It is altogether possible that I've spent more hours of my life in a daydream than in reality. While my body sat in a calculus classroom, my mind was in Narnia. Feet planted at the ballet barre, thoughts soaring through Andromeda. Eyes directed toward the lecturer, brain seeing the pyramids of Giza. I accepted my condition and blamed it on my hardwiring as a creative. Planting my life in Europe seemed a surefire cure to chronic wanderlust.
Instead, a strange reversal has occurred since I arrived in England. The daydreams of strolls along the Seine, Turkish coffee in Istanbul, and jaunts to Marrakech have stopped. New dreams have come.
Between my mom and dad, walking the well-worn three mile loop around our neighborhood. Mary Austin in the driver's seat always, laughing always. A Culver City sunset from the porch of a tiny blue bungalow. Strawberries and chocolate muffins poolside at Caroline's. Soybean fields and fireflies and a red front door. Alabama air unbearably heavy with heat and humidity and summertime. A father in the pulpit, a mother beside me in the pew. Biscuits and bacon and a standing weekly breakfast date with best friends. House bursting with family and hammock laden with cousins in small town Mississippi.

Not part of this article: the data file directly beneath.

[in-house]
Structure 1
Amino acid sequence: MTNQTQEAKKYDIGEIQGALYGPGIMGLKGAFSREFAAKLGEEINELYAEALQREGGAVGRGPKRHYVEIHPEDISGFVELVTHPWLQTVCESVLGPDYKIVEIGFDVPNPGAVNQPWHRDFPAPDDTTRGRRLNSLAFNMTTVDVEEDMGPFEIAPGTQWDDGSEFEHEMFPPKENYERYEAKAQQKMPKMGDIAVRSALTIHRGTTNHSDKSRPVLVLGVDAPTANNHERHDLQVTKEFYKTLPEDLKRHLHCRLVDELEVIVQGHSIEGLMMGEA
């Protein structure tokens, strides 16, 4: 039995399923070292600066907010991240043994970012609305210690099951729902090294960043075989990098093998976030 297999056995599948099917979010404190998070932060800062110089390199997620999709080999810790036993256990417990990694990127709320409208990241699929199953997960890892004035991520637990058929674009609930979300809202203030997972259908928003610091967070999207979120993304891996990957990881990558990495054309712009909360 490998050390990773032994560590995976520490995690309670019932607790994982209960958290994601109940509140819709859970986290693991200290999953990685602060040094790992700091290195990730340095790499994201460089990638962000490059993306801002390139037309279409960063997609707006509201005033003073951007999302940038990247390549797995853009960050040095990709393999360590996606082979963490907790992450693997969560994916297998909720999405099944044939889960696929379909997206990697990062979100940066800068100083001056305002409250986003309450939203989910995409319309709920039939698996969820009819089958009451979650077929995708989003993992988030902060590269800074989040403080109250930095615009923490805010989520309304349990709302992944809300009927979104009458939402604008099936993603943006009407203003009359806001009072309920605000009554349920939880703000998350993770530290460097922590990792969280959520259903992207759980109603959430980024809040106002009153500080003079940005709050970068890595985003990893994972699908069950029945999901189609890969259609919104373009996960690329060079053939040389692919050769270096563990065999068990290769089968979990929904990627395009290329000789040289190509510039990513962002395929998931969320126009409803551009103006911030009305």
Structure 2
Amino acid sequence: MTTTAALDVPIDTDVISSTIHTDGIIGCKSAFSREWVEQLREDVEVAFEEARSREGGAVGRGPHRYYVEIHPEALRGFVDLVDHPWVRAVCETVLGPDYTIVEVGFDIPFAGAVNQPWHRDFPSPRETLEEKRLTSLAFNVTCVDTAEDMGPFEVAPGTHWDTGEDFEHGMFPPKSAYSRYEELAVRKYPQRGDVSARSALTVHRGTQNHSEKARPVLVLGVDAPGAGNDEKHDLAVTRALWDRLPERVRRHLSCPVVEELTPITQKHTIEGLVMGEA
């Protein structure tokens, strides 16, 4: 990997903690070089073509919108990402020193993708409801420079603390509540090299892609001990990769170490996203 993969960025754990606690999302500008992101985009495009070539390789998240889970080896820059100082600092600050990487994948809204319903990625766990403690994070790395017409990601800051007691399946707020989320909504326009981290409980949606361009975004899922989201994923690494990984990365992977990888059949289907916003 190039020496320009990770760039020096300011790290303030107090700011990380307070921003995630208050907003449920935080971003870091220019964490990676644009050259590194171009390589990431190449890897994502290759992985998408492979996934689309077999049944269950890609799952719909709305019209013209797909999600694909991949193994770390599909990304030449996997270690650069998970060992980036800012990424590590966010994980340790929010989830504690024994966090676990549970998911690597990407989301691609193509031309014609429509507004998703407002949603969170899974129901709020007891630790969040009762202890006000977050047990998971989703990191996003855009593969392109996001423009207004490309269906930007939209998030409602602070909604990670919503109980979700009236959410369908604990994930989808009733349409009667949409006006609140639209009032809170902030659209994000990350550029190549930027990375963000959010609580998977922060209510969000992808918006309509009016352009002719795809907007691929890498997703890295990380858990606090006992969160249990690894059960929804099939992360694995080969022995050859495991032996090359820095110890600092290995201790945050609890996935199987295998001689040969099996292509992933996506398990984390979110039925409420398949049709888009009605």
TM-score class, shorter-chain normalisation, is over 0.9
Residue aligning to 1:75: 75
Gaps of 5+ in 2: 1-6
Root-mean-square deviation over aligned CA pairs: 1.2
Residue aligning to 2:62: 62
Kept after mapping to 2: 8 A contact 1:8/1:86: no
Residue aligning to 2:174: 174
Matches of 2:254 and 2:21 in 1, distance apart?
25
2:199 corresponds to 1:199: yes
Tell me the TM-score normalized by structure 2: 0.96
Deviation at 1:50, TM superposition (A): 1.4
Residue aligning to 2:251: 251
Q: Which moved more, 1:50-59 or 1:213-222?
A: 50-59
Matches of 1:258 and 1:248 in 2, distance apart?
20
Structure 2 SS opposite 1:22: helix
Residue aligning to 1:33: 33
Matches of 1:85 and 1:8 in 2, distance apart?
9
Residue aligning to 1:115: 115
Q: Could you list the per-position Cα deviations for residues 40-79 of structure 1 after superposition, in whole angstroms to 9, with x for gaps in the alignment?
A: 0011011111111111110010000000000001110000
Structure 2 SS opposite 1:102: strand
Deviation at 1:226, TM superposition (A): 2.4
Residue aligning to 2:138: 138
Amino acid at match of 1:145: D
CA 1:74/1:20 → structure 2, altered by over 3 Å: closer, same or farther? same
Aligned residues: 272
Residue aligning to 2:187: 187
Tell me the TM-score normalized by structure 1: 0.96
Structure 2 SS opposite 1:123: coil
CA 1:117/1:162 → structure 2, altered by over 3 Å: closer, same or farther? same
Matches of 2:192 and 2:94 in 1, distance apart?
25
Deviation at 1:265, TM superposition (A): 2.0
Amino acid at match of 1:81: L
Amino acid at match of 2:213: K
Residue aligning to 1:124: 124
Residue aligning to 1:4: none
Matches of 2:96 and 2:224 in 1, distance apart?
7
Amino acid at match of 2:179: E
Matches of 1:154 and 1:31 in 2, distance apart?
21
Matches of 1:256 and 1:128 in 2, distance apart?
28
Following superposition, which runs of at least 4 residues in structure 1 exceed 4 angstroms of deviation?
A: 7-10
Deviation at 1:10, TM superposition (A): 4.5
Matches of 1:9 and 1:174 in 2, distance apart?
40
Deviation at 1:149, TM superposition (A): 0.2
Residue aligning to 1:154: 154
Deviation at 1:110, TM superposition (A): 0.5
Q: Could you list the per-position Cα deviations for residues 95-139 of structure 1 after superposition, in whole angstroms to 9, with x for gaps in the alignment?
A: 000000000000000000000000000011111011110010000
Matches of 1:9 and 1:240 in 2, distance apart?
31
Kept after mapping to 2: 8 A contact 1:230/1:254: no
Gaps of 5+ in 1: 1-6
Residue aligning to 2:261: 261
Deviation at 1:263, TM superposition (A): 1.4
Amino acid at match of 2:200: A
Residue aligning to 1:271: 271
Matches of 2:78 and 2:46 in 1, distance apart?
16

Home. Home. Home.
Lately my daydreams aren't actually dreams. They're memories. No longer do I pine for travel and adventure and romance. I pine for the quotidian. I fantasize about my own life, the life I left.
This isn't just homesickness. It's past-sickness. Life-sickness.
Here is the terrifying distinction between missing a home and missing a life: I can return to my home. Homes are made of bricks and mortar; homes have doors for coming in and going out. But lives are fluid and wild, built of time and people and change. I can't return to the life I knew. Even when I'm back on American soil, my old life won't be waiting for me.
Sometimes my chest just aches at that thought. My head bows and my hands hurt and my throat knots and I ask myself over and over: How do people do this? How do people grow up? How do they move on?